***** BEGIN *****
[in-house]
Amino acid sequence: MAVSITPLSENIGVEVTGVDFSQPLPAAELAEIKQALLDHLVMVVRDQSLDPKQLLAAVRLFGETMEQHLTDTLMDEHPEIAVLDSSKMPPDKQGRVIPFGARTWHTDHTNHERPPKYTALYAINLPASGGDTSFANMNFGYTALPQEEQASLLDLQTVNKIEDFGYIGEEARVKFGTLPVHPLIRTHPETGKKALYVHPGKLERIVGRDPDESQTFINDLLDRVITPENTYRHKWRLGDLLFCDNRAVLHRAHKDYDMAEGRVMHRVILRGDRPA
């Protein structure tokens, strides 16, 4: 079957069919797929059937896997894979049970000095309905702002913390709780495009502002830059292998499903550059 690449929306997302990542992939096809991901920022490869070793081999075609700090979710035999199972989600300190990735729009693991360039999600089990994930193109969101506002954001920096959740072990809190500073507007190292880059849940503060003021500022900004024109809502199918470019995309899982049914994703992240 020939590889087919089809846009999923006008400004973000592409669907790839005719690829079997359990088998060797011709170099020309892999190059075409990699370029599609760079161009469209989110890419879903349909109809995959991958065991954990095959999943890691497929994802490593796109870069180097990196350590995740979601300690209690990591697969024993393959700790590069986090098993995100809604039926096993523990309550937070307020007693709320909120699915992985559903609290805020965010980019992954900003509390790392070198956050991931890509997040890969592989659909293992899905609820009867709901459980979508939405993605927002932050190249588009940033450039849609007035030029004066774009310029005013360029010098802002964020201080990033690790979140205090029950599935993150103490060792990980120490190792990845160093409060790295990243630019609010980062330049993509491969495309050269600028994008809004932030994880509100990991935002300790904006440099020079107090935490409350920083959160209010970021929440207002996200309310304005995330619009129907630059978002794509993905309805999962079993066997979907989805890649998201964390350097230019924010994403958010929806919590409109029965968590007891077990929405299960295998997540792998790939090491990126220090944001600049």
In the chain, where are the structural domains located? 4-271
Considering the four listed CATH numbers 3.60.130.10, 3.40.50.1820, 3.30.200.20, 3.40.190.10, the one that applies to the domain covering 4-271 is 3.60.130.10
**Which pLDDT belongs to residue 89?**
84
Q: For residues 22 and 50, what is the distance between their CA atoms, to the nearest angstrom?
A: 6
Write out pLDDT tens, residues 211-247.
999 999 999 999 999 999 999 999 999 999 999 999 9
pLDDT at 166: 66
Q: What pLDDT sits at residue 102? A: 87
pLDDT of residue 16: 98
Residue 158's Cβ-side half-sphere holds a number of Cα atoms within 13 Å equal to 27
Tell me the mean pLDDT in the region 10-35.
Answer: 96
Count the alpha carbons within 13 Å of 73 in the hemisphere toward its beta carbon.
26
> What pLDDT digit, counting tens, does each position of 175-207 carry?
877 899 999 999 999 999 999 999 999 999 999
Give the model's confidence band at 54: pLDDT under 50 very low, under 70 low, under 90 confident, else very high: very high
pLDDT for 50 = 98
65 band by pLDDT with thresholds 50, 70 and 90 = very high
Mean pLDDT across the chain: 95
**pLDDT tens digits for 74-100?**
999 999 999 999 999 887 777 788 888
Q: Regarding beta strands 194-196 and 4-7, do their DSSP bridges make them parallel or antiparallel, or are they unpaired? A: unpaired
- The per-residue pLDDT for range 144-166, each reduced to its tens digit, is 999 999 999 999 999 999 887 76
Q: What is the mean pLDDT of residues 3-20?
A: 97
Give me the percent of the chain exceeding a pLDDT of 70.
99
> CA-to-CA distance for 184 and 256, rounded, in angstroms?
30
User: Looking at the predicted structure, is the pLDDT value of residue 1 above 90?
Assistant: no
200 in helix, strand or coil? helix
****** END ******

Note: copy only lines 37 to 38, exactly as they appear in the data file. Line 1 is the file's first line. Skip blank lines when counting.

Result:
Assistant: no
200 in helix, strand or coil? helix